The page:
Canada: The UK And Canadian Supreme Courts To Consider The Legal Status Of Equity Partners

Last Updated: April 8 2013
Article by Sam Rogers

Most Read Contributor in Canada, September 2018

Can equity partners at professional firms take advantage of statutory employment law protections? Both the UK and Canadian Supreme Courts have recently granted leave in cases which consider that question. In the UK, Clyde & Co LLP v Bates Van Winkelhof concerns a whistle blower claim, money laundering in Tanzania, and allegations of sexual discrimination. In Canada, Fasken Martineau DuMoulin LLP v. British Columbia (Human Rights Tribunal) is, in typical Canadian fashion, far less exciting. It concerns the application of a national full service law firm's mandatory retirement policy.


The majority of multi-lawyer law firms in the United Kingdom, Canada, and other common law jurisdictions are run as partnerships. For large firms with hundreds of partners and offices across the country or around the world an individual partner's involvement in the management of the firm may be limited to voting to elect a board of partners. Although these partners share in the profits of the firm they no longer have any effective management or control over the partnership of which they are a member.

Given that, some partners may see themselves as more akin to employees rather than true partners. This then raises the question, to what extent should law firm partners be able to rely on statutory protections designed to benefit employees?

Decisions Below

Clyde & Co LLP v Bates Van Winkelhof

The claimant was an English qualified solicitor and equity partner who spent most of her time living and practicing law in Tanzania. She reported that the managing partner of a local, affiliated, firm was involved with money laundering and bribing officials. She was suspended by her firm and fired following an investigation. She brought a claim against her firm pursuant to the "whistle blower provision," section 47B of the Employment Rights Act 1996. She also brought claims pursuant to  section 45 of the Equity Act 2010 for discrimination on the basis of her sex and because she was pregnant.

Her firm raised the preliminary objection that, with respect to the whistle blower claim, that she was not a "worker" as defined by subsection 230(3) of the Employment Rights Act. The Employment Tribunal agreed, holding that the claimant was not a "worker" as "the claimant was in business in her own right receiving a share of the profits in relation to the work carried out."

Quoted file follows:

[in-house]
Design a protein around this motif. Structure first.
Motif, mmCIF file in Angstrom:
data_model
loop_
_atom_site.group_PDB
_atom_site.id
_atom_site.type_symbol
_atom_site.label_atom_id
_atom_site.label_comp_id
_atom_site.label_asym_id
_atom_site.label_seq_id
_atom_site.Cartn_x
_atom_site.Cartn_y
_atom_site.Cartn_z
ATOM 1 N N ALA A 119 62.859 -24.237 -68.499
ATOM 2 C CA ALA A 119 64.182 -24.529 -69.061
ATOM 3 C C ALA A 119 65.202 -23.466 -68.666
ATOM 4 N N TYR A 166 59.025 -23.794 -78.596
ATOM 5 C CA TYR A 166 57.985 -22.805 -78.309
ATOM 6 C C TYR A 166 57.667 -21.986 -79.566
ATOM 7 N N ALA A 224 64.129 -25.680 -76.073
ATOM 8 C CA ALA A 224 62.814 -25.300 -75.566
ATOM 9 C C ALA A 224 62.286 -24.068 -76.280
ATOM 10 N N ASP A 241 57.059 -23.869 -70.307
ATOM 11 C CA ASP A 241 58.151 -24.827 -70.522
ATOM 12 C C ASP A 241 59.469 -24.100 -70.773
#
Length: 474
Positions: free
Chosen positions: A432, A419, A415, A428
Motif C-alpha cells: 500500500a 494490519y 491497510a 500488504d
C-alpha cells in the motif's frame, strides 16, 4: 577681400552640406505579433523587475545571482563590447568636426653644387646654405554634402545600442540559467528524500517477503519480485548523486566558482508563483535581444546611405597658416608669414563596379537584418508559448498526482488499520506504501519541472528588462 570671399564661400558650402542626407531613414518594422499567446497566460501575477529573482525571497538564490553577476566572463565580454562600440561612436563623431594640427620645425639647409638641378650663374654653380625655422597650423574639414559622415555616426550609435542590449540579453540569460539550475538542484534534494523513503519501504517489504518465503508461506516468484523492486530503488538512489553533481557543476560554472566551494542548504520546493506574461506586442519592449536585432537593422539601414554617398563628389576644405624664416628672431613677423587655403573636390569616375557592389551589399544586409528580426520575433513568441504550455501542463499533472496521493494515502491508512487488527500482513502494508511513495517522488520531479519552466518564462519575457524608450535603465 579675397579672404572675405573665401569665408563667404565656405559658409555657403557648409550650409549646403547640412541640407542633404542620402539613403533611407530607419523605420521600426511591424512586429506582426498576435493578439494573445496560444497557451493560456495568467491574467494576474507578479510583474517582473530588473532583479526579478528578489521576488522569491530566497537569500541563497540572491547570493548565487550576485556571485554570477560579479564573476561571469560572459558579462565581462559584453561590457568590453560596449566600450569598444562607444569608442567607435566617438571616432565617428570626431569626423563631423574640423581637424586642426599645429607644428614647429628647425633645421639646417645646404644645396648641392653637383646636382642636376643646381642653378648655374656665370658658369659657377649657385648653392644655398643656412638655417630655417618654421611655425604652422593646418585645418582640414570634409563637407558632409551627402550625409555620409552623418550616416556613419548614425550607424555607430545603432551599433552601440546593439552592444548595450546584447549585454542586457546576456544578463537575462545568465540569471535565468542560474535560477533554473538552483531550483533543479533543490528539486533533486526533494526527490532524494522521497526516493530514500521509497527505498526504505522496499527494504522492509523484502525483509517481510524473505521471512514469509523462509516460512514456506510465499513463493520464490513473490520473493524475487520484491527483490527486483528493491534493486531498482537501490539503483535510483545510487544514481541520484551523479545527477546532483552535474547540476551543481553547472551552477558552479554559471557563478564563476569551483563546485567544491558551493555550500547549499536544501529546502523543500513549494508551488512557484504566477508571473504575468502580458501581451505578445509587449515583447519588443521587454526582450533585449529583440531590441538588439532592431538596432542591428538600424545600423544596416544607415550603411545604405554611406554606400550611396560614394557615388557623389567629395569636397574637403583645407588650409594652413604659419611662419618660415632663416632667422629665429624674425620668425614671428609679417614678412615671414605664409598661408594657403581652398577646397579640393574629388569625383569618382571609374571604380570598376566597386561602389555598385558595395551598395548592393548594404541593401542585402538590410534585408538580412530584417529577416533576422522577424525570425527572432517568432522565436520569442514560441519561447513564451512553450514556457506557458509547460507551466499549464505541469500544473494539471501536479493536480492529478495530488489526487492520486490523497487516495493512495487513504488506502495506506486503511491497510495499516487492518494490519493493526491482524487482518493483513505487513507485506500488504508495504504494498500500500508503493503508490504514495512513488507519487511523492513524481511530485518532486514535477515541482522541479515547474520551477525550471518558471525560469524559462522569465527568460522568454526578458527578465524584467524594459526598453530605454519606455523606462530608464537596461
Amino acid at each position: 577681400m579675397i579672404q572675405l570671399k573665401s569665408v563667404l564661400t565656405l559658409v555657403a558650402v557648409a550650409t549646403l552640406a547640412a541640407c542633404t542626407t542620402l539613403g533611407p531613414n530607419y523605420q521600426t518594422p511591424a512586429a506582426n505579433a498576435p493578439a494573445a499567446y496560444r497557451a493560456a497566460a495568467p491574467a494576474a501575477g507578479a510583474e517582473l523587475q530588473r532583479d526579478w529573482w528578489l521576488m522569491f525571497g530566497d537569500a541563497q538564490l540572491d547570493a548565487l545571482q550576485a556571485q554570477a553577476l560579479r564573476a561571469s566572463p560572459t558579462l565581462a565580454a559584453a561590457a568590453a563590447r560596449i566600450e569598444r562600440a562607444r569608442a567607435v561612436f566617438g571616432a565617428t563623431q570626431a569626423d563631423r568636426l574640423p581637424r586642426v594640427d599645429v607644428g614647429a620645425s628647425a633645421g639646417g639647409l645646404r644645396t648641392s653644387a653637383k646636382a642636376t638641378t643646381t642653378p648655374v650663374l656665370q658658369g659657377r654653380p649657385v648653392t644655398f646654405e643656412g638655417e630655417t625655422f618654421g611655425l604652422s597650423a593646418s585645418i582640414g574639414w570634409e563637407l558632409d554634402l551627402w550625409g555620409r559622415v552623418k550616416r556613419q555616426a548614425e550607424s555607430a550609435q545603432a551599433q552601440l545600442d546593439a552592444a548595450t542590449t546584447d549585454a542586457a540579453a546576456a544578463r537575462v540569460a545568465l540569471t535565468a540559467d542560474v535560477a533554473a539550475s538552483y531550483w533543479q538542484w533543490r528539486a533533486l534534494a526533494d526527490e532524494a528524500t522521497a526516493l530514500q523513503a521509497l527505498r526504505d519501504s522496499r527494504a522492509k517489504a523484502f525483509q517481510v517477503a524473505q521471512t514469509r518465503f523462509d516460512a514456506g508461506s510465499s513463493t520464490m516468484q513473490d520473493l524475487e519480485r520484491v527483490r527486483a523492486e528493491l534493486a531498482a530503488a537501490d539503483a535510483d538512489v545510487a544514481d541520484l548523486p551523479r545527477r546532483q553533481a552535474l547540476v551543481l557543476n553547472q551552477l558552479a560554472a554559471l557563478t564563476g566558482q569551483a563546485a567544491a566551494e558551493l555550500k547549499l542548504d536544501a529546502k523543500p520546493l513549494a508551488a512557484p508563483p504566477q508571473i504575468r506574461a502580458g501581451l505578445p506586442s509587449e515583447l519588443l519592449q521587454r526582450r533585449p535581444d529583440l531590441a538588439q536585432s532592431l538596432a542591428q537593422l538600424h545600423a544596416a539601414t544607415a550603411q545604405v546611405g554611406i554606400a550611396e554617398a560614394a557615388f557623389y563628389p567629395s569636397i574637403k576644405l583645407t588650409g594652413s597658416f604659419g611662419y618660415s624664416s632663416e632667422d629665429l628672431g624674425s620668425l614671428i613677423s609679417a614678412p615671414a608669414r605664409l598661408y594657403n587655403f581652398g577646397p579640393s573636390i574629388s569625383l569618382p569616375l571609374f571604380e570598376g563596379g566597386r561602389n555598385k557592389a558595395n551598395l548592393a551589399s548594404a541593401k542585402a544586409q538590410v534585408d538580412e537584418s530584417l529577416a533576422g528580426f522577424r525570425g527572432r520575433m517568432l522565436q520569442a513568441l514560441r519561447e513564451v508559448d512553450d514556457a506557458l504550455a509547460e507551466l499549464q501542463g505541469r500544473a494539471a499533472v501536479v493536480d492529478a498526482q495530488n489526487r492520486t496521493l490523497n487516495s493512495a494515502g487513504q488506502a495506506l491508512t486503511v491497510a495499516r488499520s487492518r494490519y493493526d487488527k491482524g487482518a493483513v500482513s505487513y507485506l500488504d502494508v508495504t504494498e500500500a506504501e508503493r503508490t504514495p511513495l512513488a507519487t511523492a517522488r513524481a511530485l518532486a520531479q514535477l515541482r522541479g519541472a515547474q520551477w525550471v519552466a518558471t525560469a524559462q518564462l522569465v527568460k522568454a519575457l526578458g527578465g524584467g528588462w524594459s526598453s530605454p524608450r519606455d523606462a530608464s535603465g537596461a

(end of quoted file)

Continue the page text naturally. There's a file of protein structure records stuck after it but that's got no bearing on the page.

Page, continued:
On appeal to the Employment Appeal Tribunal, the claimant was successful. The court found that the claimant had "precluded herself from offering her professional services to anyone but" her firm and was therefore in a "subordinate position" and a worker.

Finally, before the EWCA, the firm was successful. Although the reasoning of the court is (necessarily) convoluted it boils down to two key points. First, legally:

[S]ince the partnership is not a separate legal entity, the parties are in a relationship with each other and accordingly each partner has to be employed, inter alia, by himself. He would be both workman and employer which is a legal impossibility. (para 63)

It should be noted that, in the UK, Limited Liability Partnerships do in fact have legal status separate from their members by operation of section 1 of the Limited Liability Partnership Act 2000. However, section 4(4), of the same act, forced the Court to ask whether the claimant would have been considered a worker had the firm been a partnership with unlimited liability under the Partnership Act 1890. Partnerships under that act do not have separate legal status.

Second, sociologically:

The very concept of employment presupposes as a matter of sociological fact a hierarchical relationship whereby the worker is to some extent at least subordinate to the employer... Where the relationship is one of partners in a joint venture, that characteristic is absent. Each partner is agent for the other and is bound by the acts of the other and each partner is both severally and jointly liable for the liabilities of the partners. There is lacking the relationship of service and control which is inherent in both concepts of employee and limb (b) worker. The partnership concept is the antithesis of subordination. (para 64)

Fasken Martineau DuMoulin LLP v. British Columbia (Human Rights Tribunal)

The claimant was a senior equity partner in Fasken's Vancouver office. Fasken, like many national firms in Canada, has a mandatory retirement age of 65 for equity partners.